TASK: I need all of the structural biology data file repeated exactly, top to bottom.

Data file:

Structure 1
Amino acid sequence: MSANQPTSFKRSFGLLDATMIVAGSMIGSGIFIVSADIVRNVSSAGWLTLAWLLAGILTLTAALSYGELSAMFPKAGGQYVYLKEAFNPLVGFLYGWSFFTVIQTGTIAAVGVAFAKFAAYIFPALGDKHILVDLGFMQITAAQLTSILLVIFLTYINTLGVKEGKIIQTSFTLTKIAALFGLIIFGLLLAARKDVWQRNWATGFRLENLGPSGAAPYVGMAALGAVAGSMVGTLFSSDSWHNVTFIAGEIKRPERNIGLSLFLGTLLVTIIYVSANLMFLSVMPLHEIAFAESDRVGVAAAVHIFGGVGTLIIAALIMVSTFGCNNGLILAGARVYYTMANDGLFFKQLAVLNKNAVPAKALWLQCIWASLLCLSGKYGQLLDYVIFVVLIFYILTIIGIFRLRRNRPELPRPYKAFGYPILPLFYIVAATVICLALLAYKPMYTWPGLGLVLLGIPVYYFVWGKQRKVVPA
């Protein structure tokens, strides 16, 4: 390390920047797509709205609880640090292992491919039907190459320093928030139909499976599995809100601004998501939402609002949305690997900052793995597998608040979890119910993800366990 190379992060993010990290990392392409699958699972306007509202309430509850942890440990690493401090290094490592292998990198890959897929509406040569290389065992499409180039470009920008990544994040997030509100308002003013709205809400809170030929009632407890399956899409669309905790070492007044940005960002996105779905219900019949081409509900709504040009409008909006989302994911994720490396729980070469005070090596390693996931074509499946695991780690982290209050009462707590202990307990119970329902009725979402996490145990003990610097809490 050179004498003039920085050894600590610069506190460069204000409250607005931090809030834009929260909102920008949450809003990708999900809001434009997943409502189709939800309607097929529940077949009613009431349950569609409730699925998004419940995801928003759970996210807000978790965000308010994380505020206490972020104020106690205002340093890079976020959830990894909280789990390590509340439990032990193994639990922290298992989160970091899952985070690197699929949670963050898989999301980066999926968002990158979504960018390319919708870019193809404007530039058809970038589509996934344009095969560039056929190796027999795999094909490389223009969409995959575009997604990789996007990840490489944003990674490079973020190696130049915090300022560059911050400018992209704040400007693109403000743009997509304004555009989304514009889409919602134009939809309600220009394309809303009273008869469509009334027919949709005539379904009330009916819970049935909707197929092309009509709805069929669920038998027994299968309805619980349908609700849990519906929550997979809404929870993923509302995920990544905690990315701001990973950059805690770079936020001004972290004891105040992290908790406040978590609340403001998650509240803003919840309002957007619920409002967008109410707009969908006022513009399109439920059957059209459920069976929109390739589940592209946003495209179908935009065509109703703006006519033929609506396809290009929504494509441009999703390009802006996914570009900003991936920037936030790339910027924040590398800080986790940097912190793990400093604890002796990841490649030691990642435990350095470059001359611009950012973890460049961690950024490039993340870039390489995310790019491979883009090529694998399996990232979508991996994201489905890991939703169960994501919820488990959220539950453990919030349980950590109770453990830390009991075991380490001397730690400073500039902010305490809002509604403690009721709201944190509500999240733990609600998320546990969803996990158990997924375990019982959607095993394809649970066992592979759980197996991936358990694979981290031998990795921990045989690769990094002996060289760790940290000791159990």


Structure 1
Amino acid sequence: MSANQPTSFKRSFGLLDATMIVAGSMIGSGIFIVSADIVRNVSSAGWLTLAWLLAGILTLTAALSYGELSAMFPKAGGQYVYLKEAFNPLVGFLYGWSFFTVIQTGTIAAVGVAFAKFAAYIFPALGDKHILVDLGFMQITAAQLTSILLVIFLTYINTLGVKEGKIIQTSFTLTKIAALFGLIIFGLLLAARKDVWQRNWATGFRLENLGPSGAAPYVGMAALGAVAGSMVGTLFSSDSWHNVTFIAGEIKRPERNIGLSLFLGTLLVTIIYVSANLMFLSVMPLHEIAFAESDRVGVAAAVHIFGGVGTLIIAALIMVSTFGCNNGLILAGARVYYTMANDGLFFKQLAVLNKNAVPAKALWLQCIWASLLCLSGKYGQLLDYVIFVVLIFYILTIIGIFRLRRNRPELPRPYKAFGYPILPLFYIVAATVICLALLAYKPMYTWPGLGLVLLGIPVYYFVWGKQRKVVPA
């Protein structure tokens, strides 16, 4: 390390920047797509709205609880640090292992491919039907190459320093928030139909499976599995809100601004998501939402609002949305690997900052793995597998608040979890119910993800366990 190379992060993010990290990392392409699958699972306007509202309430509850942890440990690493401090290094490592292998990198890959897929509406040569290389065992499409180039470009920008990544994040997030509100308002003013709205809400809170030929009632407890399956899409669309905790070492007044940005960002996105779905219900019949081409509900709504040009409008909006989302994911994720490396729980070469005070090596390693996931074509499946695991780690982290209050009462707590202990307990119970329902009725979402996490145990003990610097809490 050179004498003039920085050894600590610069506190460069204000409250607005931090809030834009929260909102920008949450809003990708999900809001434009997943409502189709939800309607097929529940077949009613009431349950569609409730699925998004419940995801928003759970996210807000978790965000308010994380505020206490972020104020106690205002340093890079976020959830990894909280789990390590509340439990032990193994639990922290298992989160970091899952985070690197699929949670963050898989999301980066999926968002990158979504960018390319919708870019193809404007530039058809970038589509996934344009095969560039056929190796027999795999094909490389223009969409995959575009997604990789996007990840490489944003990674490079973020190696130049915090300022560059911050400018992209704040400007693109403000743009997509304004555009989304514009889409919602134009939809309600220009394309809303009273008869469509009334027919949709005539379904009330009916819970049935909707197929092309009509709805069929669920038998027994299968309805619980349908609700849990519906929550997979809404929870993923509302995920990544905690990315701001990973950059805690770079936020001004972290004891105040992290908790406040978590609340403001998650509240803003919840309002957007619920409002967008109410707009969908006022513009399109439920059957059209459920069976929109390739589940592209946003495209179908935009065509109703703006006519033929609506396809290009929504494509441009999703390009802006996914570009900003991936920037936030790339910027924040590398800080986790940097912190793990400093604890002796990841490649030691990642435990350095470059001359611009950012973890460049961690950024490039993340870039390489995310790019491979883009090529694998399996990232979508991996994201489905890991939703169960994501919820488990959220539950453990919030349980950590109770453990830390009991075991380490001397730690400073500039902010305490809002509604403690009721709201944190509500999240733990609600998320546990969803996990158990997924375990019982959607095993394809649970066992592979759980197996991936358990694979981290031998990795921990045989690769990094002996060289760790940290000791159990």